Some of you may wonder – why is Queen Elizabeth I arriving in the small shire of Sterling, also known as the New York Renaissance Faire? Well, traveling the realm was something Her Majesty did every couple of years to see her subjects and the lands she presided over.
These trips – or “progresses” took her to towns and manors throughout southern England and the midlands, where she was able to see—and be seen by—a broad cross-section of her subjects. Crowds turned out to cheer her passage, church bells rang, and as admirer Thomas Churchyard observed, she was able to “draw the hearts of the people after hyr wheresoever she travels.”
The logistics were daunting. A baggage train of between 400 and 600 horse-drawn carts groaned beneath the weight of everything the monarch and her entourage might require on the trip: bedding, furniture, clothing, food, dishes and kitchen equipment, and even the documents and office supplies needed to conduct the business of the realm. Members of her court accompanied her, as did a full household complement of grooms and pages, wardrobe ladies and maids, guards, chaplains, cooks, and court musicians. Travel was slow and difficult. Even on the main highways, the Queen’s caravansary averaged only ten or twelve miles a day.
Music, dancing, banqueting, and fireworks were de rigueur. Special songs, poems, and masques were commissioned, with costumed players enlisted to perform them. Happily, numerous written accounts of these visits have survived—the Folger has some half dozen written accounts. In Sandwich in 1573, for example, the Queen was reportedly “very merrye” and so impressed by the banquet prepared by the wives of the town mayor and judges that she tucked in without first calling upon the services of the royal taster and asked for several dishes to be carried back to her lodgings.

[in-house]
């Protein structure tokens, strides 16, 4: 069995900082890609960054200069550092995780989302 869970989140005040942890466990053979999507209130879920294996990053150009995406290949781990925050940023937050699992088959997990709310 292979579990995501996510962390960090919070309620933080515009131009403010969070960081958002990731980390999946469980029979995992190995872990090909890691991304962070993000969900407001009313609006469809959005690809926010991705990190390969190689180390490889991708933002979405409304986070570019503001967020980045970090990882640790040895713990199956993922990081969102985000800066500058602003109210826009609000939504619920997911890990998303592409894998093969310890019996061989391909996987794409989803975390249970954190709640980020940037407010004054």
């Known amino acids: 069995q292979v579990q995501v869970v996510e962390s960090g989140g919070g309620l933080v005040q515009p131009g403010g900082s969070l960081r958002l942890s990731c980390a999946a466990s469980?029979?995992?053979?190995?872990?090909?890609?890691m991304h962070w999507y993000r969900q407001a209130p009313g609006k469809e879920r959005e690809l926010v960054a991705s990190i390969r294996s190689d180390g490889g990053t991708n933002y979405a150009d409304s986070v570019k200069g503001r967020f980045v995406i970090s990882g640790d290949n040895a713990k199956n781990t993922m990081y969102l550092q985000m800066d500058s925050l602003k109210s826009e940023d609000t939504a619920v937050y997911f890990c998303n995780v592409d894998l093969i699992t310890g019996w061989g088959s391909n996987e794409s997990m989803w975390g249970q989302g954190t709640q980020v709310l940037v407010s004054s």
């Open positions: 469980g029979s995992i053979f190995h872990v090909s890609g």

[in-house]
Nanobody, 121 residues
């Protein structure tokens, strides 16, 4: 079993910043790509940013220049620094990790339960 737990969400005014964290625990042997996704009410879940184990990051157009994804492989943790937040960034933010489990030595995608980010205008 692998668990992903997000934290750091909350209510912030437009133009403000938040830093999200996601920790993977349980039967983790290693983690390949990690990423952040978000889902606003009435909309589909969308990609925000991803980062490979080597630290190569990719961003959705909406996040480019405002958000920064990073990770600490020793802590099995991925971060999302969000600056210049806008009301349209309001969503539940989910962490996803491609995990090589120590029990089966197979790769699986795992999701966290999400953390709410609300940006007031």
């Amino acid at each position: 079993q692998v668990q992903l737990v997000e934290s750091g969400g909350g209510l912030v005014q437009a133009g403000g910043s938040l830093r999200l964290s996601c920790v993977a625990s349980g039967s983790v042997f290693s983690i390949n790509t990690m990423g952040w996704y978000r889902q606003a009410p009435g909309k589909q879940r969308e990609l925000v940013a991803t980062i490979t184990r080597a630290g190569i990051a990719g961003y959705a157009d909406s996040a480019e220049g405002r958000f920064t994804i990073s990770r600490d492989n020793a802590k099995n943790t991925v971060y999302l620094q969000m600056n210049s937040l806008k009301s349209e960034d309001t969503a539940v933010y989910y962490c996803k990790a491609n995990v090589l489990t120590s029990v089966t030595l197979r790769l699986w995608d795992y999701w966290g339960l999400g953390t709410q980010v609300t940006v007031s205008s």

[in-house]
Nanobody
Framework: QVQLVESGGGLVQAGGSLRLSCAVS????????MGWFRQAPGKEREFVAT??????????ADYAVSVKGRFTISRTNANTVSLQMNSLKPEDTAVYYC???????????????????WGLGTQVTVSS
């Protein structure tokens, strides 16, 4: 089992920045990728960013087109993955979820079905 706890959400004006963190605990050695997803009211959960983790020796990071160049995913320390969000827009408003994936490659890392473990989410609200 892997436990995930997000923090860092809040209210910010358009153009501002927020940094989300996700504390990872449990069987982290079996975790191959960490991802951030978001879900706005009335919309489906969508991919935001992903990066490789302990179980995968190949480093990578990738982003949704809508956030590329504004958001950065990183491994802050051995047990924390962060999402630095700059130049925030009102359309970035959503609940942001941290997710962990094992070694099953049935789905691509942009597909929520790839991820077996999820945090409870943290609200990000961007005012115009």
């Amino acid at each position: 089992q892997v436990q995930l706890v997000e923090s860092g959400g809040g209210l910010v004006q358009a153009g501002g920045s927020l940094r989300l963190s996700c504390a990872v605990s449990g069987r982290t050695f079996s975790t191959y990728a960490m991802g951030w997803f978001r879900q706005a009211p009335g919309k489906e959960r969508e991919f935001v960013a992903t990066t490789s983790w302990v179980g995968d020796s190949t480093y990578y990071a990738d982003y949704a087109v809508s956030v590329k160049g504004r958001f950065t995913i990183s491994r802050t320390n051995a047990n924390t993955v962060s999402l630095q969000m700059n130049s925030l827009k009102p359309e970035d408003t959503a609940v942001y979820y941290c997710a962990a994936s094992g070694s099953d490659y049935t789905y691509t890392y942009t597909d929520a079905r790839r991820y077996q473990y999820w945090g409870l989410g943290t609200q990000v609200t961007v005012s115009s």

Despite various political crises and dangers, she travelled nearly every summer of her 44-year reign, staying at some 241 different places from Hampshire to the Midlands. She did so partly to escape the diseases that could descend on London in the heat of summer. But she also genuinely wished to meet her people. Few could resist her charm, and even fewer have been able to match her brilliant sense of public relations.
In later years, in response to courtiers’ grumbles over the customary seasonal upheaval, the ageing but undaunted Queen bade “the old stay behind, and the young and able go with me.” In 1601 she broke her progress to hunt at Castle Ashby, Northampton. Even in her late 60s she rode 10 miles a day and refused to give up her sport.
Only Elizabeth’s death, on 24th March 1603, prevented her from embarking on that summer’s royal progress. She was mourned by a people who felt that their Queen genuinely cared for her subjects, a belief created in no small part by her travels among them.